Here is a view of the torsion bars on a Chevy 2500 HD with a BDS suspension lift. One end
Torsion bars are perhaps the least common springs in use today, but are still used in a number of current General Motors vehicles, especially the heavy-duty line of pickup trucks. Other 4x4 vehicles to use torsion bars over the years are Toyota IFS (pre-Tacoma) trucks, '98-to-current Ford Rangers, Dodge pickups, and Hummer H3s, to name a few.
The torsion bar, or torsion spring, is a long metal bar that is attached to a fixed mount on the chassis on one end and attached to the suspension-typically, a lever that is mounted perpendicular to the direction the torsion bar is mounted (a control arm, for example)-on the other end. As the wheel moves up and down, the torsion bar twists on its axis, resisting the suspension movement and returning it to center. The strength, spring rate, and load-carrying capacity of torsion bars are determined by the thickness and length of the bar.
This is a CAD drawing of a Chrysler axle on the rear of a Ram 1500. This is the older leaf
Perhaps the simplest form of all springs, torsion bars are known for their durability and ease of replacement and maintenance. Small changes in ride height are achievable through "twisting" or "cranking" of the bars, which effectively moves ride height to a different part of the suspension travel by adjusting the torsion bar preload through the adjuster nut. However, this will limit downtravel, or droop, diminishing ride quality. Additionally, it can contribute to other negative effects if it goes beyond the generally accepted "safe" range of 11/2 to two inches (depending on the vehicle, of course).
Other drawbacks to torsion bars are a lack of a progressive- or variable-rate option, giving a torsion bar less flexibility when loaded or going over harsh terrain, along with limited wheel travel.
Pros: Durable, simple, easy to make minor adjustments in ride height.
Cons: Spring rate not progressive, limited wheel travel, few aftermarket options.
This is a CAD drawing of the same Chrysler axle with the new coil-sprung suspension. Despi
Because of the excellent ride characteristics, low noise, and ease of manufacturing, compression coil springs are the most common type of automotive spring in use today. A compression coil spring is a metal wire that has been wound into the shape of a helix to resist compression. A coil spring's rate is determined by the thickness of the wire and pitch of the winding.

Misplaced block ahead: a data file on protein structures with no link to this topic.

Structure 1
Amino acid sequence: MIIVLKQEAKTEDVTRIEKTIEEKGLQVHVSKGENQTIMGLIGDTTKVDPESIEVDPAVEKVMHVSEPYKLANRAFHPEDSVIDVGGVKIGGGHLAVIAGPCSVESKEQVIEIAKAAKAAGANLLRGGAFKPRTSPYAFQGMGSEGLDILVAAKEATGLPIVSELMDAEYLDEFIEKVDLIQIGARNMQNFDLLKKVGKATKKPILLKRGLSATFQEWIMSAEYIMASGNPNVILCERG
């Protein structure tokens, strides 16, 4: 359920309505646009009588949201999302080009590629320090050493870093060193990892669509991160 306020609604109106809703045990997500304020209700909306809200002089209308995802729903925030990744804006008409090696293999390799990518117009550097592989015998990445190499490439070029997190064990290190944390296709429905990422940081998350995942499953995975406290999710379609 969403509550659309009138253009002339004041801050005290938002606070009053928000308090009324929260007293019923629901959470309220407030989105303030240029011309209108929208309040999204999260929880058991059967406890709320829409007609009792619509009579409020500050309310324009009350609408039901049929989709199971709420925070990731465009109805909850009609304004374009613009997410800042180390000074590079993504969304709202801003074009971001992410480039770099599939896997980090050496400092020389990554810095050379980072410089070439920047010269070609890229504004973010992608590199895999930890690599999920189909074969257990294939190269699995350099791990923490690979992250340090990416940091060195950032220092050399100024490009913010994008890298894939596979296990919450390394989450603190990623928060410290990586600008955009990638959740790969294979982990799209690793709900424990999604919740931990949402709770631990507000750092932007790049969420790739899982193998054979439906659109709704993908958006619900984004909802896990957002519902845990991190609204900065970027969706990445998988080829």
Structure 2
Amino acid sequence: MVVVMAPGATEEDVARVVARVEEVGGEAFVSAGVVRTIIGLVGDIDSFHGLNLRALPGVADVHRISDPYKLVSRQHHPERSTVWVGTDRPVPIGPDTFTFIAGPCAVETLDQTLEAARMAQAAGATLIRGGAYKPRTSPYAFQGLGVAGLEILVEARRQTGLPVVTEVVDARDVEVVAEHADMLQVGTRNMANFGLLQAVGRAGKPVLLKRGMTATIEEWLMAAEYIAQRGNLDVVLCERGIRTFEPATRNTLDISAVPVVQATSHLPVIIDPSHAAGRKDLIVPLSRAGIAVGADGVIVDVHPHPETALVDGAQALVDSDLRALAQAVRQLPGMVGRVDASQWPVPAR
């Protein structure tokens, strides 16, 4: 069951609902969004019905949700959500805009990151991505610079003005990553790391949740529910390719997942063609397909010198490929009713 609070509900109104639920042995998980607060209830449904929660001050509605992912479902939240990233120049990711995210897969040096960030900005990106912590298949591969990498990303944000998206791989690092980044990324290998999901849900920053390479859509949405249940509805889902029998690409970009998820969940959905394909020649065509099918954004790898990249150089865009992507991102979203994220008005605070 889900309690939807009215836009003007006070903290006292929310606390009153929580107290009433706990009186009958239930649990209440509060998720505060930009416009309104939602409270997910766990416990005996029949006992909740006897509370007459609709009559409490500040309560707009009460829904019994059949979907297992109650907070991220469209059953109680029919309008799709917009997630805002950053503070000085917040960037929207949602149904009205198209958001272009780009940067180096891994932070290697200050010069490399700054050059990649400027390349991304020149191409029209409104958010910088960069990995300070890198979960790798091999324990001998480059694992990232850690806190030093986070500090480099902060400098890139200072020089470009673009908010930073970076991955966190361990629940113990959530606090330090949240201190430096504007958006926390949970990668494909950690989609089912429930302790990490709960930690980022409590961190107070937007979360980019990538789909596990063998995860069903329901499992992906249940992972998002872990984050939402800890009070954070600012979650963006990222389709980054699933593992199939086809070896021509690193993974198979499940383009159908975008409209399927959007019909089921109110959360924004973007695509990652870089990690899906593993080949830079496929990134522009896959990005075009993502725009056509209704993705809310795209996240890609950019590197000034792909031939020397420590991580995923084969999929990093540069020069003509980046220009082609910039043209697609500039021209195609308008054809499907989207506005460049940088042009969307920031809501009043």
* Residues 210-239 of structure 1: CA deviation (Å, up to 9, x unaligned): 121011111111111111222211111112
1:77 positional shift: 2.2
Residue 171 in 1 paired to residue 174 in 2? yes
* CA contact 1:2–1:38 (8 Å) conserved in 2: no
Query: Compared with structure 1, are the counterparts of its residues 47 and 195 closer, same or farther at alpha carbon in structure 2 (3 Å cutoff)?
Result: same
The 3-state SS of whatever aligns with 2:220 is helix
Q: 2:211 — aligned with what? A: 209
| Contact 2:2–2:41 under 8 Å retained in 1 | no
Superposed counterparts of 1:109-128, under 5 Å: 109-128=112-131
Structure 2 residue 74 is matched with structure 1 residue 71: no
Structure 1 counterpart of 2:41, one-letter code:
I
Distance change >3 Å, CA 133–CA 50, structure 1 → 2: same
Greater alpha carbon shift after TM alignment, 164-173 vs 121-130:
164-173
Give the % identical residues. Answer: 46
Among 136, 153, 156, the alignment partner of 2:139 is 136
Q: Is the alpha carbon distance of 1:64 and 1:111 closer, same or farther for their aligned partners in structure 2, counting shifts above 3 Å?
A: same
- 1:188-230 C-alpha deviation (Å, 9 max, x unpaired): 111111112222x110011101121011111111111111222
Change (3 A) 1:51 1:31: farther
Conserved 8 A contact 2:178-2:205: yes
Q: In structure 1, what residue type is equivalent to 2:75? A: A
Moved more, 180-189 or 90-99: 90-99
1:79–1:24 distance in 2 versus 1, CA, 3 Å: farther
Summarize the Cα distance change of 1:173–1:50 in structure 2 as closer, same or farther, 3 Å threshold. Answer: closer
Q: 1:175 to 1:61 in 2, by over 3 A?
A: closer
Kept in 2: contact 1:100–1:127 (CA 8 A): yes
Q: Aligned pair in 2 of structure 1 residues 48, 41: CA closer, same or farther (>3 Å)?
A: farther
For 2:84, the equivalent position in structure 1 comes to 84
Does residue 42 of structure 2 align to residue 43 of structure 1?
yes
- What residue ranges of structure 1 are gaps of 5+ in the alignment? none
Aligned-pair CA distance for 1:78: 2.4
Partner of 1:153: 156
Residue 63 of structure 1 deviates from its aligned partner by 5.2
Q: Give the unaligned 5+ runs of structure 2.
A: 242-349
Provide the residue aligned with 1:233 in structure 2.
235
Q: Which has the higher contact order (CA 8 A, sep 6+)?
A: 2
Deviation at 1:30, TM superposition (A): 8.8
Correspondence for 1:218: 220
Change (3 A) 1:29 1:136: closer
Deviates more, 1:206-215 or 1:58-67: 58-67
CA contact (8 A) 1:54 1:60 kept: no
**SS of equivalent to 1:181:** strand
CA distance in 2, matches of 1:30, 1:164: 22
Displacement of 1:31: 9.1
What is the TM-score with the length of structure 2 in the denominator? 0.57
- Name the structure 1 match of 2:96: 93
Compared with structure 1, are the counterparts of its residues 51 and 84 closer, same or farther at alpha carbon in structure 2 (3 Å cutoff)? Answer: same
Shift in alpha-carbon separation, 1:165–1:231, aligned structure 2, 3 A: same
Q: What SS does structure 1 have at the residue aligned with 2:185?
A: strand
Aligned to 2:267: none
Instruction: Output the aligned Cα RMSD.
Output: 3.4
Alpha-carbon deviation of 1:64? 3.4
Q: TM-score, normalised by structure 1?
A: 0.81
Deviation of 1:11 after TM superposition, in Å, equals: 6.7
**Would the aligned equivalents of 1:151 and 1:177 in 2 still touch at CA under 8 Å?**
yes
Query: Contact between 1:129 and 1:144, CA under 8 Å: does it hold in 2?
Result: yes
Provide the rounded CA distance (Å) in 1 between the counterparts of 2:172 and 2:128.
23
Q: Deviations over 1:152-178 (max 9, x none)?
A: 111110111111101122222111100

Coil springs can either be linear- or variable-rate, and you can easily spot the difference between them. A variable-rate coil spring is wound with varying pitch and spacing, and is designed to be softer first and firmer later. Variable-rate coil springs are used when a firmer spring rate is desired to handle more weight, decrease sway, and improve handling without sacrificing ride quality. A linear-rate coil has equally-spaced windings and will maintain the same rate throughout its compression travel.
Additional benefits of the coil spring include compact size, ability to precisely tune the suspension, as well as excellent articulation and wheel travel. Coils also have no internal friction and weigh much less than leaf springs.
While the benefits are many, these benefits do come at a cost. Because coils don't locate the axle, they require links to work. Those links, while adding expense and complexity to a suspension's design, are what makes a coil-sprung suspension so good at resisting axlewrap. Coil springs are also limited to how tall they can get. The taller the coil, the more they are prone to bowing or deflection, which can diminish their effectiveness over time and cause interference issues. Additionally, coil springs, when repeatedly loaded to the max, can weaken or sag prematurely and are not as durable as leaf springs in heavy-duty applications.
Pros: Quiet, better ride, easier to tune, lighter weight, eliminate axlewrap, capable of big articulation.
Cons: Need links, can sag over time or if overloaded, more susceptible to sway, expensive to retrofit, limited lift heights, not as robust as leaf springs.
What About Coilovers?
Once thought of as purely for race applications, coilovers have gained a huge amount of popularity over the last several years. Even more compact to mount than coil springs, a coilover includes the damper (shock) and coil spring in the same unit, and because the coil spring is mounted to the shock and not the car, greater lift heights are achievable without coil deflection. Coilovers also mount with hemispherical bearings, which essentially allow the coilover to move on its mounts, preventing bind under articulation.
Coilovers further distance themselves from other spring setups by their incredible range of adjustability and their ability to run a two-stage spring setup. Changing spring rates is as easy as pulling the unit and swapping to a different coil. Threaded bodies allow preload and ride height to also be easily changed, all while the coilover is still mounted on the vehicle.
The biggest drawback to a coilover setup is the expense of the unit itself, as well as the fabrication work that may be required to fit one on a vehicle, as most coilovers are not direct replacement units.
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